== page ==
Relative Density of Away from Home Food Establishments and Food Spend for 24,047 Households in England: A Cross-Sectional Study.
Int J Environ Res Public Health
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Penney, T. L., Burgoine, T., & Monsivais, P. (2018). Relative Density of Away from Home Food Establishments and Food Spend for 24,047 Households in England: A Cross-Sectional Study.. Int J Environ Res Public Health, 15 (12) https://doi.org/10.3390/ijerph15122821
Eating away from home is a risk factor for poor diet quality and obesity. With an ever-increasing proportion of household food spend directed toward eating out, the proliferation of these food establishments may contribute to their use, a potential precursor to less healthy food choices and low overall diet quality. However few studies are conducted at the national level and across a range of away from home food sources. The purpose of this study was to examine the association between the density of away from home food establishments (e.g., restaurants, fast food outlets and cafés) and household spend on away from home food within a nationally representative sample for England, UK. A cross-sectional analysis of data from Wave 1 of the UK Household Longitudinal Survey (n = 24,047 adults aged ≥19y) was conducted. Exposure was characterised as the density of away from home food establishments to all other food sources within 1 mile of the home, divided into quintiles (Q1 as lowest exposure and Q5 as highest exposure). The primary outcome included households with a high away from home equivalised monthly food spend (≥25% of total food spend). Logistic regression was used to estimate associations between away from home food establishment exposure and high away from home food spend. Away from home food establishment density was significantly associated with a greater odds of high monthly food spend (Q3: OR = 1.18, 95% CI = 1.07, 1.30; Q4: OR = 1.30, 95% CI = 1.18, 1.43; and Q5: OR = 1.52, 95% CI = 1.37, 1.68) with attenuation after controlling for known socioeconomic confounders (Q4: OR = 1.13, 95% CI = 1.02, 1.25; and Q5: OR = 1.16, 95% CI = 1.04, 1.30) compared to those least exposed (Q1). Those most exposed to away from home food establishments had a 16% greater odds of allocating more than 25% of household food spend on away from home food sources. This study provides one of the first analyses at the national level to examine the role of the local food environment in relation to household food spend, a potential precursor to diet quality and health.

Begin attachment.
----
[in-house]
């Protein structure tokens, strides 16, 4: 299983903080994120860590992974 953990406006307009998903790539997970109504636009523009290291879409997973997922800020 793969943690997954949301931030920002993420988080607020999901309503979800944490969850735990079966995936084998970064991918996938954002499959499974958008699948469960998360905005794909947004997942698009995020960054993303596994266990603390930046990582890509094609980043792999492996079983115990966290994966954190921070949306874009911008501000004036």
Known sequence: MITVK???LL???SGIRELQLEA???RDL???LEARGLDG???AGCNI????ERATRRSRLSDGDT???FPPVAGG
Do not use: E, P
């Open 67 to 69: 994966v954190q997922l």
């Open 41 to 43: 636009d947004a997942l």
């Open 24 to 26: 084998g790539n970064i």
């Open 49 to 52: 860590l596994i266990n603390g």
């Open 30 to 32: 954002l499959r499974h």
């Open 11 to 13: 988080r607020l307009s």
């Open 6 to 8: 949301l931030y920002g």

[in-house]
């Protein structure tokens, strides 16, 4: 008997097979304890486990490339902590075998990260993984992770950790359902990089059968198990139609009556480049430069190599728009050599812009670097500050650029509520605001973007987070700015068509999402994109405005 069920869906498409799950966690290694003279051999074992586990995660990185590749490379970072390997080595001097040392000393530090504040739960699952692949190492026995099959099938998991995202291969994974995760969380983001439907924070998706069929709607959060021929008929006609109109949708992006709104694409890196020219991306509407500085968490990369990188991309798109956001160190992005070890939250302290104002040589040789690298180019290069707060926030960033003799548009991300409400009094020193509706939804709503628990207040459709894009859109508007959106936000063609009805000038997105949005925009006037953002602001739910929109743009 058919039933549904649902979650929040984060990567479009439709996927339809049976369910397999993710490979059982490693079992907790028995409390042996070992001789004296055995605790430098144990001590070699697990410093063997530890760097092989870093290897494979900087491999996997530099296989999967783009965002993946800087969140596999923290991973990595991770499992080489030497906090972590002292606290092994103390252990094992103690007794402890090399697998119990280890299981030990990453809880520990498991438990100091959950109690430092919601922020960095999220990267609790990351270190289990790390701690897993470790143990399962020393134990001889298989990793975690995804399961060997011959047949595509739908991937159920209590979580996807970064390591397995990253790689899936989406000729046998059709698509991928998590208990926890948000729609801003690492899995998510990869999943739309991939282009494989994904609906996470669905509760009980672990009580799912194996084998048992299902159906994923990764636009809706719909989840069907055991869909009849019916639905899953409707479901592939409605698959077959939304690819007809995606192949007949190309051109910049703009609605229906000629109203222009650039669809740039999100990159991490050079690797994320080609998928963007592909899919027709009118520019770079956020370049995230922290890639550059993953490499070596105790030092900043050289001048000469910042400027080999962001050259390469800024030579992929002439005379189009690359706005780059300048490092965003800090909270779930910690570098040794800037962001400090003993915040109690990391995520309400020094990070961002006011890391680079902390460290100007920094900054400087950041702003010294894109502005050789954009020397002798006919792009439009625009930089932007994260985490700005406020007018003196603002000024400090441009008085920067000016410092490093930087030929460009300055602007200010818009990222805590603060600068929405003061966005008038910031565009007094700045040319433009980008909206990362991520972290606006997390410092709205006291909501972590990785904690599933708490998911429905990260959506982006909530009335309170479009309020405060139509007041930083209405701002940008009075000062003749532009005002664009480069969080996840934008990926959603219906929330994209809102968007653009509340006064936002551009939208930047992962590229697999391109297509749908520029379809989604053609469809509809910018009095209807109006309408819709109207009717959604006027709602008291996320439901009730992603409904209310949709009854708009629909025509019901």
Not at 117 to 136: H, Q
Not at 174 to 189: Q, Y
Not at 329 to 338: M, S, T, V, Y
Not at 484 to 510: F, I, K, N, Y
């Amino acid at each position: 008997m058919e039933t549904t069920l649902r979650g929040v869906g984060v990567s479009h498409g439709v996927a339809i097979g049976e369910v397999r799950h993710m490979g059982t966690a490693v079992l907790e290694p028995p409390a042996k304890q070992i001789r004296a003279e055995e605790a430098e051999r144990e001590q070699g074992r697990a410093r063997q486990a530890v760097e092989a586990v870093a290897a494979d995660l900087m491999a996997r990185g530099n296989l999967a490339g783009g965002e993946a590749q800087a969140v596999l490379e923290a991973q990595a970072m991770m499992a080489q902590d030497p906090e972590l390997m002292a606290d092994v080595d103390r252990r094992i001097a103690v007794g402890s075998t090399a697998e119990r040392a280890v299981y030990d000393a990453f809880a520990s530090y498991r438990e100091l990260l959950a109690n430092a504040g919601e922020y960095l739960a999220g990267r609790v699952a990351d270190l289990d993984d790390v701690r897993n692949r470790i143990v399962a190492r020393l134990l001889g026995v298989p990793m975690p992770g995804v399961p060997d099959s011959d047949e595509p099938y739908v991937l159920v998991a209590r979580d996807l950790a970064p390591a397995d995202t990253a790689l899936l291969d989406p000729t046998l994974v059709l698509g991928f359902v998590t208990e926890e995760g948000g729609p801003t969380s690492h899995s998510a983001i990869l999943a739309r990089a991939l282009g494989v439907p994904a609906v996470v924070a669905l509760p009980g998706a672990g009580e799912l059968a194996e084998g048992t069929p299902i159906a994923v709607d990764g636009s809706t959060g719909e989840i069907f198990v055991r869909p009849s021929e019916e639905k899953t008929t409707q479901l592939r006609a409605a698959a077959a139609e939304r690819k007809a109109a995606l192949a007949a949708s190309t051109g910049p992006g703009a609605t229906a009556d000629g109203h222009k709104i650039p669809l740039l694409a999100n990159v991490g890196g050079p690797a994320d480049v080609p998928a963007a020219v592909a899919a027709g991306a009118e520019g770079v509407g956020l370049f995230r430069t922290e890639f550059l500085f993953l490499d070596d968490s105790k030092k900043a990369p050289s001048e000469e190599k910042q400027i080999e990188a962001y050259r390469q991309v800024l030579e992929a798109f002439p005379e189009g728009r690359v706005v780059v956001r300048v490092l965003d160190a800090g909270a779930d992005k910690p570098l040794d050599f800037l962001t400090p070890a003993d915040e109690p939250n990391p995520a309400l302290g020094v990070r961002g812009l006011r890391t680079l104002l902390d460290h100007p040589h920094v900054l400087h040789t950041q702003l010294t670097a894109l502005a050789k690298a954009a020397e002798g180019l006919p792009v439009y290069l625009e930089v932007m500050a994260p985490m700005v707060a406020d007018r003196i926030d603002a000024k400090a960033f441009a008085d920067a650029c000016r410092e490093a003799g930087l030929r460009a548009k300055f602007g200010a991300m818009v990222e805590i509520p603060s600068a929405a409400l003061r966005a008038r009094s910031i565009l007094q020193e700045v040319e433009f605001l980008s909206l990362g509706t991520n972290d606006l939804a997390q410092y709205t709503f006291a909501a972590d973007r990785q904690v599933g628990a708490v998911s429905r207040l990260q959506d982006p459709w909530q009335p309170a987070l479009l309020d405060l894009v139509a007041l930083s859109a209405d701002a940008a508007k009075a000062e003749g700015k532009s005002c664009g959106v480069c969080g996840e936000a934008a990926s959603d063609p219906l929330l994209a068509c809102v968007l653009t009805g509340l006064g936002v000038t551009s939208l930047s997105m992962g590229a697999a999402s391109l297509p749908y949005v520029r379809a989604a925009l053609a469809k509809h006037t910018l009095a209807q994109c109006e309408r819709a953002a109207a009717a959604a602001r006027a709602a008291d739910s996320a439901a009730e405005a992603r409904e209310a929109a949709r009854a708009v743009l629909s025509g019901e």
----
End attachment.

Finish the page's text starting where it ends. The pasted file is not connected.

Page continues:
eating away from home, food availability, household food spending, Cross-Sectional Studies, Diet, England, Logistic Models, Restaurants
The work was undertaken by the Centre for Diet and Activity Research (CEDAR), a UKCRC Public Health Research Centre of Excellence. Funding from the British Heart Foundation, Cancer Research UK, Economic and Social Research Council, Medical Research Council, the National Institute for Health Research, and the Wellcome Trust, under the auspices of the UK Clinical Research Collaboration, is gratefully acknowledged. Tarra L Penney additionally received support from the Cambridge Commonwealth Trust.
Wellcome Trust (087636/Z/08/Z)
Economic and Social Research Council (ES/G007462/1)
Medical Research Council (MR/K023187/1)
External DOI: https://doi.org/10.3390/ijerph15122821
This record's URL: https://www.repository.cam.ac.uk/handle/1810/287411
Attribution 4.0 International
Licence URL: https://creativecommons.org/licenses/by/4.0/
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